While some may have had inklings of what was going on behind the closed and guarded doors where their husbands went to work each day, none expected to go down in history as a part of the town where nuclear bombs were first brought into existence.
Some people may be turned off by the first-person plural point of view that carries throughout the entire novel, thinking it feels a bit removed and “royal,” but I thought it did just the opposite, making the reader a part of the ups and downs of the unique living situation into which these women were forced. By telling the tales of various women through a “we” narration, the reader feels what it is like to be frustrated with the situation, mentally placing themselves among these women, rather than glancing in from the outside. (I do wonder though, how a male reader would feel about the very female-oriented telling of the story. It might be a much harder literary choice for men to get on board with, since it permeates the entire novel, making it quite exclusionary when it comes to audience.)
Surprisingly, I found a lot of parallels between the lives of these women who moved to Los Alamos and my own. The US Foreign Service is also an organization that uproots families (although by choice), removing them from loved ones at home, making them miss births and birthdays, holidays and homecomings. It is a world where housing is assigned and problems with housing are funneled through the employee’s workplace. Spouses are thrown into a new living situation, some prospering, some merely surviving and others throwing in the towel when the whole thing becomes too much. While it seems like odd to draw a comparison between the US’s nuclear weapons creation program and that of their Foreign Service, I did feel a certain attachment and understanding for what these women were facing.
It didn’t take more than a handful of pages for this book to catch my full attention, drawing me into the lives of a group of women who followed their husbands, for better or worse. TaraShea Nesbit’s The Wives of Los Alamos easily earned a solid:
Dream Girl is the first in what will be a series of books by S.J. Lomas. As is the case with many inaugural books, much like TV show pilots, this narrative is very character focused, building the back stories of the characters who will reoccur in the following books, creating a strong foundation for future narratives.
While character-focused books often go a bit slower than action-oriented ones, Dream Girl doesn’t get bogged down by the scaffolding needed to create a series. Right away, readers connect with Christine, our good-girl protagonist who is drawn to Gabriel, the darker, mysterious boy who is worth a bit of extra time. Not long after Christine meets Gabriel, through their part-time jobs at the local library, she experiences a terrifying incident where she is drawn into a dream world that she doesn’t understand and can’t break free of on her own. These jumps to another realm continue the more she gets involved with Gabriel, and it doesn’t take long for her to see that there is more to him than just a troubled young man.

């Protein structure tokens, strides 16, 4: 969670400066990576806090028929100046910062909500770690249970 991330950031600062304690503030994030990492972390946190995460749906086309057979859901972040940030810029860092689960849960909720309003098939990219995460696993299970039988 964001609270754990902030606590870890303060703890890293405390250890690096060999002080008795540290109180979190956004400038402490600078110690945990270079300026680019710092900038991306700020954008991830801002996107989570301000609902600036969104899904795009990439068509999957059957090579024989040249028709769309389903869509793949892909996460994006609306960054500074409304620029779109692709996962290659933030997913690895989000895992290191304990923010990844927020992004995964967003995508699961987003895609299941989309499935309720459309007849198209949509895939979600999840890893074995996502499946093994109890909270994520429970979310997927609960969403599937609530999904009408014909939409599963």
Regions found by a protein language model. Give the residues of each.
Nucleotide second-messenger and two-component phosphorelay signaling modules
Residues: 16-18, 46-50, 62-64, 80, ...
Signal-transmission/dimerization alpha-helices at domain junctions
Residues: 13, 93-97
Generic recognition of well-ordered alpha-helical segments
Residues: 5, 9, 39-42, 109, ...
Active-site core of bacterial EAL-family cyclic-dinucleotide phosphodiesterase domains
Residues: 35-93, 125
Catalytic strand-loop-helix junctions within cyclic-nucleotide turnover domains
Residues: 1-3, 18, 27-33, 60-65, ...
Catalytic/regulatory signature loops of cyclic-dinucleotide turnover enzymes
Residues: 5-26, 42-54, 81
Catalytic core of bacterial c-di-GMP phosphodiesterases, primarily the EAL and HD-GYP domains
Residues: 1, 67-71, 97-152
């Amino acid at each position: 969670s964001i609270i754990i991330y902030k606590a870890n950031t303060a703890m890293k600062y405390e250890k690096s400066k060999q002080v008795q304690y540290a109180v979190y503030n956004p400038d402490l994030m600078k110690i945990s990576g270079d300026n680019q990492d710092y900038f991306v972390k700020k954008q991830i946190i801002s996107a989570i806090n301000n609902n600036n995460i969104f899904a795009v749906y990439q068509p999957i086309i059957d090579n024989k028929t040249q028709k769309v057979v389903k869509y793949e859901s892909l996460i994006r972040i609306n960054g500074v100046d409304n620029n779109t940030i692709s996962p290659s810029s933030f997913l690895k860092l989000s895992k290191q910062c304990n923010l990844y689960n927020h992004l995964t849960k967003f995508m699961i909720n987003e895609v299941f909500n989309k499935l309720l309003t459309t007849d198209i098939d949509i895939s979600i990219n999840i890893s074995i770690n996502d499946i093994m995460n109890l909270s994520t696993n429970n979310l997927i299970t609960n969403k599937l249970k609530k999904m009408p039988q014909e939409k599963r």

Written with teenage girls in mind, the love story plot of the book is immediately obvious and soon twisted into a bit of a triangle, as the young man meant to help Gabriel and Christine break free from the danger of the dream world becomes an additional possible love interest for Christine. Up until this point, I was pretty onboard with the narrative, but the turn towards a Twilight-esque love triangle left me a bit disappointed. I’d like to give teenage girls a bit more credit- having a strong female protagonist doesn’t require her to be attached at all times. Even though Gabriel is a major player in the book, I’m not sure many teenage boys would stick with this book to the end; the romance plays a little too heavily.
Love narrative aside, the book does a good job of creating a world in which the reader wants to continue. Sometimes at the end of a book that I know will be a series, I am happy to put it back on the shelf with no intention of ever picking up its counterparts. That can’t be said for this one. I’m hoping that the sequel to Dream Girl will see Christine move away from the need for a boyfriend and into a solid character on her own, but I’m also curious to see what happens to Gabriel, as the decision about what to do with his life was taken away from him and he is now forced into something that he can’t avoid. I’m hoping the characters continue to grow in their own rights and that the storyline is shored up in the next book, now that a strong foundation is in place. S.J. Lomas’ Dream Girl isn’t totally engrossing, but it is interesting enough to have kept my attention and make me curious about what happens next, earning it: